It has been said that Ossian wrote about the Second Century; Then what associations does it not awaken – what feelings does it not inspire? – Of the performance, we have seldom heard with such exquisite gratification any thing like the brilliant execution of those Irish Minstrels upon this much admired instrument. In the course of the evening they played several of our most popular Airs, which drew forth the rapturous plaudits of their admiring audience. “The Moments were Sad,” solo, by Mr. Crenny, was loudly applauded, “My Ain Kin’ Deary,” duet, was well executed, “Webber’s Last Waltz,” and that National Air, the “Coolin,” were also performed with exquisite taste and execution. But that beautiful Air, “Come rest on this bosom,” solo, by Mr. Crenny, was rapturously encored – the air, so well adapted to the instrument, the finished execution of this talented young Irishman, his exquisite taste, with the wild swell and the thrilling tone of the instrument in his performance of this delightful Melody, came home to the heart, indeed, and awakened sentiments not to be suppressed. Mr. Crenny was equally brilliant in his performance on the two Harps in accompaniment, and played several Duets with perfect ease, the facility with which his fingers swept through the chords of the two instruments, and his finished execution was truly astonishing. – We are happy to find that in this Town and neighbourhood those Irish Minstrels have met with such deserved encouragement. They will give another Concert here and intend visiting Killarney in a few days; we are sure their trip to that quarter will be appreciated by the Gentry in that vicinity.
We observed among the crowded audience many of our fair Amateurs, also Lord Beresford and the Officers of the 90th Regiment.

Tralee Mercury, 17 Sep 1836, p3

There is a lot packed into this fascinating review. We can see that O’Connor is the less well known of the pair, but then he was very likely younger and less experienced than Craney. I wonder if the Harp Society encouraged its more experienced graduates to take on younger harpers freshly discharged to help them build their careers. But I don’t know.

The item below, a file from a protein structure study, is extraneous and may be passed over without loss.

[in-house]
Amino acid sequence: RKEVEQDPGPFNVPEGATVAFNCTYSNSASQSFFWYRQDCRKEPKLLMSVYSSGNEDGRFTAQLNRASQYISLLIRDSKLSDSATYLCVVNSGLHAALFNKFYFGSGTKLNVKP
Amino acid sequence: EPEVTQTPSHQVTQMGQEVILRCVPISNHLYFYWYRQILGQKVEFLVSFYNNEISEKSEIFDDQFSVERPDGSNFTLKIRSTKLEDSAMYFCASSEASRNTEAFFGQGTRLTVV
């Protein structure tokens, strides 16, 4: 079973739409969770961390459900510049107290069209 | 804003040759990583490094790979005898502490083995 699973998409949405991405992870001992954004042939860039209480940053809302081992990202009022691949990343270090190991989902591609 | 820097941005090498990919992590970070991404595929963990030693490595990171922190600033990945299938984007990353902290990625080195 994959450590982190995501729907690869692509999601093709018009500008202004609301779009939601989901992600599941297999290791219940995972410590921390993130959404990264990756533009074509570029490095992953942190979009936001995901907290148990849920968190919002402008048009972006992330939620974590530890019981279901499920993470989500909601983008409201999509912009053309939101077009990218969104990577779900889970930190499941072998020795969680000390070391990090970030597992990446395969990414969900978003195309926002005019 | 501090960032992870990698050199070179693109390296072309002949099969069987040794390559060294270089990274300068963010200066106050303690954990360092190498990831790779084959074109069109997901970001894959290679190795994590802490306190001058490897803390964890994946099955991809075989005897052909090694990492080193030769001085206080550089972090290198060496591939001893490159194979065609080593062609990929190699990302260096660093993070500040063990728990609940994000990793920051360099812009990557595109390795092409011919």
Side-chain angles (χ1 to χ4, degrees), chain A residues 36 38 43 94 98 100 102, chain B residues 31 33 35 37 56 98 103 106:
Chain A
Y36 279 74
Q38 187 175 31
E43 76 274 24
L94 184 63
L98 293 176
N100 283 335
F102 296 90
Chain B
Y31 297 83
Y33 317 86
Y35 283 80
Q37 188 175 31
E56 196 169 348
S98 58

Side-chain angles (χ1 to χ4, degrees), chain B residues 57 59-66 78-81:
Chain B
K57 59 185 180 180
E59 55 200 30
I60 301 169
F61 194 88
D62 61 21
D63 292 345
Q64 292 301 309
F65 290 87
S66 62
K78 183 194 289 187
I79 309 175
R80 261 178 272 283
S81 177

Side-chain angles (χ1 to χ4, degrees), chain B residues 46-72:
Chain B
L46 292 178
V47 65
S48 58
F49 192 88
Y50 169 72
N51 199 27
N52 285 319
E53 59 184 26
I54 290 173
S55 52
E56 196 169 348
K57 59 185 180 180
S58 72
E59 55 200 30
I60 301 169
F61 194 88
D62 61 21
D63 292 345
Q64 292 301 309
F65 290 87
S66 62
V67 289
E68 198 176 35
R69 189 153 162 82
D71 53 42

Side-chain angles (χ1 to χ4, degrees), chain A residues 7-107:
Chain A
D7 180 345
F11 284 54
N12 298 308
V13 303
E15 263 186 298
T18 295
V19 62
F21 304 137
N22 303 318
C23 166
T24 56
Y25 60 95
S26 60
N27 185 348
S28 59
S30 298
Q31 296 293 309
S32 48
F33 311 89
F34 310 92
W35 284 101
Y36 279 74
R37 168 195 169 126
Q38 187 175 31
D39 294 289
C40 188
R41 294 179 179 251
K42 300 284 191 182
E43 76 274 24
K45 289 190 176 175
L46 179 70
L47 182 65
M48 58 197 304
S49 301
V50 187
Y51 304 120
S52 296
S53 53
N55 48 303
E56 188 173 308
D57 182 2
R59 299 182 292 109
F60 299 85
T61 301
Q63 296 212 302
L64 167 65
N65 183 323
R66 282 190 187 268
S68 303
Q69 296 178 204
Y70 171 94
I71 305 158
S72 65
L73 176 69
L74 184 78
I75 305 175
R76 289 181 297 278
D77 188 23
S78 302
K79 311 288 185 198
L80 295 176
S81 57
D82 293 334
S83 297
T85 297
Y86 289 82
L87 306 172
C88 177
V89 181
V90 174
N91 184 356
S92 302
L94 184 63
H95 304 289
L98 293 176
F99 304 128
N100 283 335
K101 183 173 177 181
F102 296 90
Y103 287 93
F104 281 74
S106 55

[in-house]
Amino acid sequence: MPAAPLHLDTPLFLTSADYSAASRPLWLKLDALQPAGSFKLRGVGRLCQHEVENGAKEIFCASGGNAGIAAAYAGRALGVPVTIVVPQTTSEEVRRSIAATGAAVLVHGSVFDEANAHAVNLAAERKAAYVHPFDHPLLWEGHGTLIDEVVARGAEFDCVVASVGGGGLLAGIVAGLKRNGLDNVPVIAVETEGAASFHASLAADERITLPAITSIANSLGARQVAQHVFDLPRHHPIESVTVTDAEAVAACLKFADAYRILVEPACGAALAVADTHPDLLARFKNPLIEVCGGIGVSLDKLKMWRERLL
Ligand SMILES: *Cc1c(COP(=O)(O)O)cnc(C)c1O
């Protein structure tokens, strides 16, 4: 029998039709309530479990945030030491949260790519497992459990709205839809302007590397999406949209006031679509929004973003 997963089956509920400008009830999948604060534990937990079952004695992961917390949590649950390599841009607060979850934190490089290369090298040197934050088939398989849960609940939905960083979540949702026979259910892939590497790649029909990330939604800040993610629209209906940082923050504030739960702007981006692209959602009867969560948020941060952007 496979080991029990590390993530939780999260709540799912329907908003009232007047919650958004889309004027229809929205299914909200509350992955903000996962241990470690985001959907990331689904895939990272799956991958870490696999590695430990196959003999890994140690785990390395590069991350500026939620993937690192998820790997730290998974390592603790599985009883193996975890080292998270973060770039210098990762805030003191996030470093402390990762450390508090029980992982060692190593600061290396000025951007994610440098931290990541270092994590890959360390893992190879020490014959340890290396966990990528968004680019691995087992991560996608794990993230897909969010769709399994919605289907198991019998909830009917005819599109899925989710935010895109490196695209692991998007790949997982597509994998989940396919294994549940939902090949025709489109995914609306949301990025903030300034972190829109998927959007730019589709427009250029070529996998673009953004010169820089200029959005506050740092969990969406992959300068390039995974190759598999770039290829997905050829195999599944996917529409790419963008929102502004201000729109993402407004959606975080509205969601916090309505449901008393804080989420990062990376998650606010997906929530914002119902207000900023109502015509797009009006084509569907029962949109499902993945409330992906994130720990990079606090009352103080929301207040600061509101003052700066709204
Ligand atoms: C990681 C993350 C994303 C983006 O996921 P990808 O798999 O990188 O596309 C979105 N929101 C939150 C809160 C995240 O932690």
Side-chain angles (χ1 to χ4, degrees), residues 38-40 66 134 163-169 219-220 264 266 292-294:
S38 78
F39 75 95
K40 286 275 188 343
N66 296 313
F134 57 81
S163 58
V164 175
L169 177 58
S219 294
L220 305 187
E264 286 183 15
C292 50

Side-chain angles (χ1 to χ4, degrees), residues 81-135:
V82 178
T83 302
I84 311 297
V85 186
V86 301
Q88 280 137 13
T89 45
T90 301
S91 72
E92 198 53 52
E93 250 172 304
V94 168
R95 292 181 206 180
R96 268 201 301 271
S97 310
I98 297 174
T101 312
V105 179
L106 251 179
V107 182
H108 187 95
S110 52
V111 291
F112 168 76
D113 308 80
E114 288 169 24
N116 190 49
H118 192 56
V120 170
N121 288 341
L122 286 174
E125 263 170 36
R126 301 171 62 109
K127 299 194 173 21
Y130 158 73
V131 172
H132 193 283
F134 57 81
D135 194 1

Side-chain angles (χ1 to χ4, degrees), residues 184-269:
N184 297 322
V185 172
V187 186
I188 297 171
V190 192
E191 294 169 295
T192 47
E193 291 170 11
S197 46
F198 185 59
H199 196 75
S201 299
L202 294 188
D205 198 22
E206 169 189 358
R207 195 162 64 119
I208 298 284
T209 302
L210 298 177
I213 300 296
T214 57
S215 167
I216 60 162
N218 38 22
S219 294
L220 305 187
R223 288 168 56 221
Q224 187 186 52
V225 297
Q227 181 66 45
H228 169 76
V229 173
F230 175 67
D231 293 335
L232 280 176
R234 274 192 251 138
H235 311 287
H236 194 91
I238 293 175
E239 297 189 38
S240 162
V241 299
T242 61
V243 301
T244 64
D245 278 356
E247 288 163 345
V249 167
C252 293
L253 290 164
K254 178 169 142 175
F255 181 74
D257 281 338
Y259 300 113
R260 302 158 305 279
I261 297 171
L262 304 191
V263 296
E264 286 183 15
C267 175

The tune list is interesting; I already discussed this on my post about Craney. We can see that O’Connor does not get any solo slots in this concert, or if he does they are not noticed by the reviewer.

Four days later, we have a mis-dated advertisement for Craney and O’Connor’s performance every evening at Neligan’s. The advert gives us the context that the Tralee Races were on, which would guarantee a great audience.

DENIS NELIGAN, “CROSBIE ARMS’ HOTEL,” will keep the ORDINARY, this season, at Mr. M’CARTHY’s Lodge, Spa, where BREAKFASTS, SNACKS, DINNERS & SUPPERS will be supplied upon his usual MODERATE TERMS.
N.B. — The Celebrated Irish Harpers, CRENNY and O’CONNOR, will hold a CONCERT each evening during the Races, at the ORDINARY.
☞ CARS & CARRIAGES in readiness at all hours, for the convenience of Passengers to and from the Races.
Tralee, Sept. 21. 1886

Kerry Evening Post, Wed 21 Sep 1836

A month later, an advert announces that they had “revisited” Tralee – were they off for a month somewhere else?

We feel pleasure in announcing that Messrs. Crenny and O’Connor, the celebrated Irish Harpers, have revisited Tralee, and again intend exhibiting their powers before a Kerry audience. We trust they will meet that encouragement which they so eminently deserve.

Tralee Mercury, 22 Oct 1836 p2

They did a couple of concerts:

The Concert held last night at Mr. Mahony’s large rooms, Mall, was numerously and fashionably attended. We observed several of our fair amateurs who seemed to fully appreciate the brilliant exertions of those two talented Irishmen, Messrs. Crenny & O’Connor, upon this National Instrument. Their next Concert is fixed for to-morrow evening (Thursday,) when a large assemblage is expected. We are happy to find that –
“The Harp that once thro’ Tara’s hall,
The soul of music shed,”
has again awaked its witching tone in the land of its nativity.

Kerry Evening Post, Wed 26 Oct 1836 p3

As well as this editorial, an advert was placed on the same page:

MESSRS. CRENNY AND O’CONNOR, Professors of this National Instrument, from the Royal HARP Institution, Belfast, beg leave to announce, that at the request of several highly respectable individuals, they have come to this country, and will give
On To-morrow Evening (THURSDAY, the 27th inst.) at Mr. MAHONY’s Large Room on the Mall, when there will be a rich Selection of Music performed, consisting of a variety of the most popular and National Airs – the two Harps accompanying each other.
Admission, 1s. 6d. – Children, half price.
☞ Tickets to be had at the Office of this Paper.
Tralee. Oct. 26.

Kerry Evening Post, Wed 26 Oct 1836 p3

After that there is a gap of nine months, until the summer of 1837 when we find them giving concerts in Clonmel:

Messrs. Crenny and O’Connor,
BEG leave to announce, that at the request of several highly respected individuals, they have come to this Town, and will give
At the ASSEMBLY-ROOM, COURT-HOUSE, on THURSDAY EVENING, JULY 27th, when there will be a rich selection of Vocal and Instrumental Music performed.